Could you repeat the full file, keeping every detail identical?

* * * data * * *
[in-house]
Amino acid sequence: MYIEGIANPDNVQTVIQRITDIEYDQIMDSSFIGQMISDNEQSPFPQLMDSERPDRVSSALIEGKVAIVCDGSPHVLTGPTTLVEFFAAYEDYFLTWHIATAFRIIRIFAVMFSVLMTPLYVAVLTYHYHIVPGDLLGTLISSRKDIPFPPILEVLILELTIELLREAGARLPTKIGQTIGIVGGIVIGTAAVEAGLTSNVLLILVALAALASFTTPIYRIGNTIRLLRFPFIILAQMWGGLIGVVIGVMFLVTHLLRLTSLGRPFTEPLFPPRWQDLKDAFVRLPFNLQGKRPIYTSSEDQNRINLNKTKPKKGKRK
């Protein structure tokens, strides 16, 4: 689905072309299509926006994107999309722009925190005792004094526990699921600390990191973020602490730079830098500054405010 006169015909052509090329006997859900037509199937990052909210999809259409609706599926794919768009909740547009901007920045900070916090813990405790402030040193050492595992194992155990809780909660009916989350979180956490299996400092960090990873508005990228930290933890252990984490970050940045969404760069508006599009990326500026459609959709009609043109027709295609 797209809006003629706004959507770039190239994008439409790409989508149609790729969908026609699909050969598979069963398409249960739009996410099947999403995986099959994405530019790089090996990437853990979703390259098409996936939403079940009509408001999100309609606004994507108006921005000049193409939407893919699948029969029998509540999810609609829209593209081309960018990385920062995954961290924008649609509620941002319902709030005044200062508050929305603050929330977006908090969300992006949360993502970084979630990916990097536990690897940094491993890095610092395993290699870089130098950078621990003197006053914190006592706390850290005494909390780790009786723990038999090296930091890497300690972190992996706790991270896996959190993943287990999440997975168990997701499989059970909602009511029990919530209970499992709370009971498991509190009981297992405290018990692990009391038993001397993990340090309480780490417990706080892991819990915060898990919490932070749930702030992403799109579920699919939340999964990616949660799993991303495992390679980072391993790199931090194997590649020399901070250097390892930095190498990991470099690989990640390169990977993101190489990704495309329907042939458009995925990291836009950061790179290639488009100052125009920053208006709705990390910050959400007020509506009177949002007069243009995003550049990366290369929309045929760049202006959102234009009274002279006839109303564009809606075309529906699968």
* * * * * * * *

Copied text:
[in-house]
Amino acid sequence: MYIEGIANPDNVQTVIQRITDIEYDQIMDSSFIGQMISDNEQSPFPQLMDSERPDRVSSALIEGKVAIVCDGSPHVLTGPTTLVEFFAAYEDYFLTWHIATAFRIIRIFAVMFSVLMTPLYVAVLTYHYHIVPGDLLGTLISSRKDIPFPPILEVLILELTIELLREAGARLPTKIGQTIGIVGGIVIGTAAVEAGLTSNVLLILVALAALASFTTPIYRIGNTIRLLRFPFIILAQMWGGLIGVVIGVMFLVTHLLRLTSLGRPFTEPLFPPRWQDLKDAFVRLPFNLQGKRPIYTSSEDQNRINLNKTKPKKGKRK
């Protein structure tokens, strides 16, 4: 689905072309299509926006994107999309722009925190005792004094526990699921600390990191973020602490730079830098500054405010 006169015909052509090329006997859900037509199937990052909210999809259409609706599926794919768009909740547009901007920045900070916090813990405790402030040193050492595992194992155990809780909660009916989350979180956490299996400092960090990873508005990228930290933890252990984490970050940045969404760069508006599009990326500026459609959709009609043109027709295609 797209809006003629706004959507770039190239994008439409790409989508149609790729969908026609699909050969598979069963398409249960739009996410099947999403995986099959994405530019790089090996990437853990979703390259098409996936939403079940009509408001999100309609606004994507108006921005000049193409939407893919699948029969029998509540999810609609829209593209081309960018990385920062995954961290924008649609509620941002319902709030005044200062508050929305603050929330977006908090969300992006949360993502970084979630990916990097536990690897940094491993890095610092395993290699870089130098950078621990003197006053914190006592706390850290005494909390780790009786723990038999090296930091890497300690972190992996706790991270896996959190993943287990999440997975168990997701499989059970909602009511029990919530209970499992709370009971498991509190009981297992405290018990692990009391038993001397993990340090309480780490417990706080892991819990915060898990919490932070749930702030992403799109579920699919939340999964990616949660799993991303495992390679980072391993790199931090194997590649020399901070250097390892930095190498990991470099690989990640390169990977993101190489990704495309329907042939458009995925990291836009950061790179290639488009100052125009920053208006709705990390910050959400007020509506009177949002007069243009995003550049990366290369929309045929760049202006959102234009009274002279006839109303564009809606075309529906699968």